They call him coach now. This man has spent his entire adult life of over 50 years in baseball and at the end of his working days is giving back to his community while coaching high school ball at the ripe age of 69.
One of a Kind,
For those who have been involved in baseball in the DC area since the 1960s, you might have crossed paths with a baseball lifer like Mike Toomey. He epitomizes the way our American Pastime should be viewed both on and off the field. He has been a successful player (George Washington University), coach at both the collegiate (GW) and pro level (Alexandria Dukes) and a Hall of Fame scout who earned a World Series ring. However, what the baseball purists would miss about this baseball treasure is his undying love, loyalty and devotion to this amazing game!
To get a better understanding of where Mike’s passion for the game comes from, we go back to the beginning. Toomey was born in Sayre, Pennsylvania in 1951 to Frank and Rita Toomey. His father served in the Marines during WWII. His mother served in the U.S. Cadet Nurse Corps. Mike had two very loving, devoted and disciplined parents. Frank, his father, was a baseball man and took an assistant coaching job under Tom Nugent at Florida State from 1954-1958. The family moved to Hyattsville, Maryland in 1959 when Frank followed Coach Nugent to the University of Maryland to coach the Terps.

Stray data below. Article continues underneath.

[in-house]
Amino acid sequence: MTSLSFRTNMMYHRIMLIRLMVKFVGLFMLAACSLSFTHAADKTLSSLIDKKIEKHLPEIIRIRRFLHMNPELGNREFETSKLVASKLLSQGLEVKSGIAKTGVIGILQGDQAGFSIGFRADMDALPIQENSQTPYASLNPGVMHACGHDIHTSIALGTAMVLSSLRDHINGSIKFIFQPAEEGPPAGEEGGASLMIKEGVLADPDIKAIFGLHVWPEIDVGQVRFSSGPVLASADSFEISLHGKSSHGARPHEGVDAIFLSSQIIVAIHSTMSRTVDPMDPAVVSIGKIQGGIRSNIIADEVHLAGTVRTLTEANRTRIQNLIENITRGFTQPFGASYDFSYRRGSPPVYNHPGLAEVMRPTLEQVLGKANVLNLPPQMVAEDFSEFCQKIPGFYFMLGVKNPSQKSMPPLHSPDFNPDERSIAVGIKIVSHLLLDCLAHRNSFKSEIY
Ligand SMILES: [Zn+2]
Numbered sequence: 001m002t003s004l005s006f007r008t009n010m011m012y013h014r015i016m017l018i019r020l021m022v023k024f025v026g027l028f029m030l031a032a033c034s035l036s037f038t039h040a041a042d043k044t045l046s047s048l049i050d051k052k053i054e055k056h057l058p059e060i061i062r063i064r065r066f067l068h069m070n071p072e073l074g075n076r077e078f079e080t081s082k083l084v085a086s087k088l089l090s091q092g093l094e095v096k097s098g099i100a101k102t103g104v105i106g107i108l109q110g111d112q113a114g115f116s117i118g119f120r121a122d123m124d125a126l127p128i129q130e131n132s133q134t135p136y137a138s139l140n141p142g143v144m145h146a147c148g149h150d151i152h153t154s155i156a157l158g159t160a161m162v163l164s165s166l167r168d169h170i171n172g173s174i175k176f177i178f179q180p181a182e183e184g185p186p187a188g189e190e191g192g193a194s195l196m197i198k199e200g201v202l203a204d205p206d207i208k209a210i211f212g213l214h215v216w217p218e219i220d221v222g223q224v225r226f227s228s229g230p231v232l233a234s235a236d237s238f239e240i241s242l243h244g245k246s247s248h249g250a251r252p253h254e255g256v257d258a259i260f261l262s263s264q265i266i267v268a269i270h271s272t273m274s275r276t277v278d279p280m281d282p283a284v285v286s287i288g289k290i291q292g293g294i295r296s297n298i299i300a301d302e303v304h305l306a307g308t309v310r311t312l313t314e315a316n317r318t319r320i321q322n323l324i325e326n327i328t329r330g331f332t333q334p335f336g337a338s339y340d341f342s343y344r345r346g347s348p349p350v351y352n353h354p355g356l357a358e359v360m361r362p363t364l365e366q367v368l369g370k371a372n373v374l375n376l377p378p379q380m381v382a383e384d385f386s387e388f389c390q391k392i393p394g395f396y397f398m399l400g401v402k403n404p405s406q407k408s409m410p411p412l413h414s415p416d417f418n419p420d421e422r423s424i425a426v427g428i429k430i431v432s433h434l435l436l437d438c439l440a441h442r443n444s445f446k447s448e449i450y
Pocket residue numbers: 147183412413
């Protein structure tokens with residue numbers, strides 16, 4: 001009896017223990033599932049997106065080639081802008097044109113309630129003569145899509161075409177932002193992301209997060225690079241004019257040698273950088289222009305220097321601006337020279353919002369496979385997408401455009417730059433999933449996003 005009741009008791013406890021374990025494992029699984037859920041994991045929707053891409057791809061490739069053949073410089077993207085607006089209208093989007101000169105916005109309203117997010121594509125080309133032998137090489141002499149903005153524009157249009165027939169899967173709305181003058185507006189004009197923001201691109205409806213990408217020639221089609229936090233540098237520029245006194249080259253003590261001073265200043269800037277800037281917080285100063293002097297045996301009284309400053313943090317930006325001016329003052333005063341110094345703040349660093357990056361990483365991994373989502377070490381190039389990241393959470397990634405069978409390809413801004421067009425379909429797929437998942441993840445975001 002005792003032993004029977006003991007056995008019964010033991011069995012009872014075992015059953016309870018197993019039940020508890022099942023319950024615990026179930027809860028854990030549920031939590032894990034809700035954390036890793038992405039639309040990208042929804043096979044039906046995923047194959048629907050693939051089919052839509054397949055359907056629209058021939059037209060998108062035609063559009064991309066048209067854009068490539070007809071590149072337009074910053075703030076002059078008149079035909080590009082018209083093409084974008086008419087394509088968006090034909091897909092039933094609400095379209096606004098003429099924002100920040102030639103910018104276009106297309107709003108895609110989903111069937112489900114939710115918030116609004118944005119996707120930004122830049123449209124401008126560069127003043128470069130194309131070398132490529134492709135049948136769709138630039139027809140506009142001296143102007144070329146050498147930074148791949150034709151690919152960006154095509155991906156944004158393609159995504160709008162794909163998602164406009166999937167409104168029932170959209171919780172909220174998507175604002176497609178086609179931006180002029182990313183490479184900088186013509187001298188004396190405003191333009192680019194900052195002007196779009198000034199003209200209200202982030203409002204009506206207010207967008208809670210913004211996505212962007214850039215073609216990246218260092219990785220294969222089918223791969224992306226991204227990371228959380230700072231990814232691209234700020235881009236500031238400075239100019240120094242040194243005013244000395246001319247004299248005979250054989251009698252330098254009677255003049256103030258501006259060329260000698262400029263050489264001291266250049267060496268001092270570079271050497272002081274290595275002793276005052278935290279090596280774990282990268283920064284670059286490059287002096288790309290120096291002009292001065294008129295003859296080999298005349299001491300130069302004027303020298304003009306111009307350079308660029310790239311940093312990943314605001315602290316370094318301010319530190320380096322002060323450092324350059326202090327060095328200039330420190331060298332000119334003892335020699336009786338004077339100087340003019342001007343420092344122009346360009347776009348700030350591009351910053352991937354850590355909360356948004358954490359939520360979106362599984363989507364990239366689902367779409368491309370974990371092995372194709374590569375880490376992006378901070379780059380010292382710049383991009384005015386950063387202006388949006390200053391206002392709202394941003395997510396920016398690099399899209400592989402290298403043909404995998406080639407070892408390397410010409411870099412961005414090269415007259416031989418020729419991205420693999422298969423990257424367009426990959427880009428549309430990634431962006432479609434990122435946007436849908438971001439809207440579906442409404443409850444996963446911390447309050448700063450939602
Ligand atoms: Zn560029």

The elder Toomey also had a brief stint in pro ball with the Philadelphia Phillies organization and was a part-time scout for the Kansas City Royals and San Francisco Giants. I guess you could say “like father like son.” Mike said that “Baseball was always my father’s favorite sport!” As a coach’s son, you quickly realize that you get to see many top athletes in football and baseball after school and on the weekends. Mike was about eight years old when he started to develop an eye for scouting talent as well as developing his own skills as a baseball player.
When Mike played baseball as a youth with aspirations of being a big leaguer, it came time for high school. He was prepared to go to DeMatha High School which was in walking distance from his home. However, his father had other plans for him with regards to playing baseball in school. Mike ended up taking a bus to and from St. John’s College High School each day from 1966-1969, and maybe it was because St. John’s was considered the better baseball program. At St. John’s, Mike starred as both a center fielder and pitcher. Another change came in Mike’s senior year and he transfered to Bullis Prep in Potomac, Maryland in 1970 to improve his math and statistics skills.
From there, he also starred at Montgomery College for two years before transferring to George Washington University in 1973. He was the MVP for the Colonials in 1974. He also received his Physical Education degree in 1974. In 1975, Mike was hired as the head baseball coach at GW. While there, he took GW to 3 straight NCAA post-season appearances. The 1979 squad had a record of 38-15 and is still the only Colonial club to record an NCAA win with a 5-2 victory over Seton Hall in the Florida regional’s in Tallahassee.
Mike tells of how the team succeeded despite playing its home games on the Ellipse in the shadow of the White House, which meant dodging tourists and a steam gate that was in play down the first base line. In fact, many of the infielders wore catchers masks during practice because the playing surface was some bumpy.
Mike believes that he may be the only college baseball coach to ever be ticketed by a policeman during a game.
“I was coaching third base when a D.C. policeman walks over to me and hands me a $150 ticket for a foul ball that broke a car windshield,” Toomey said.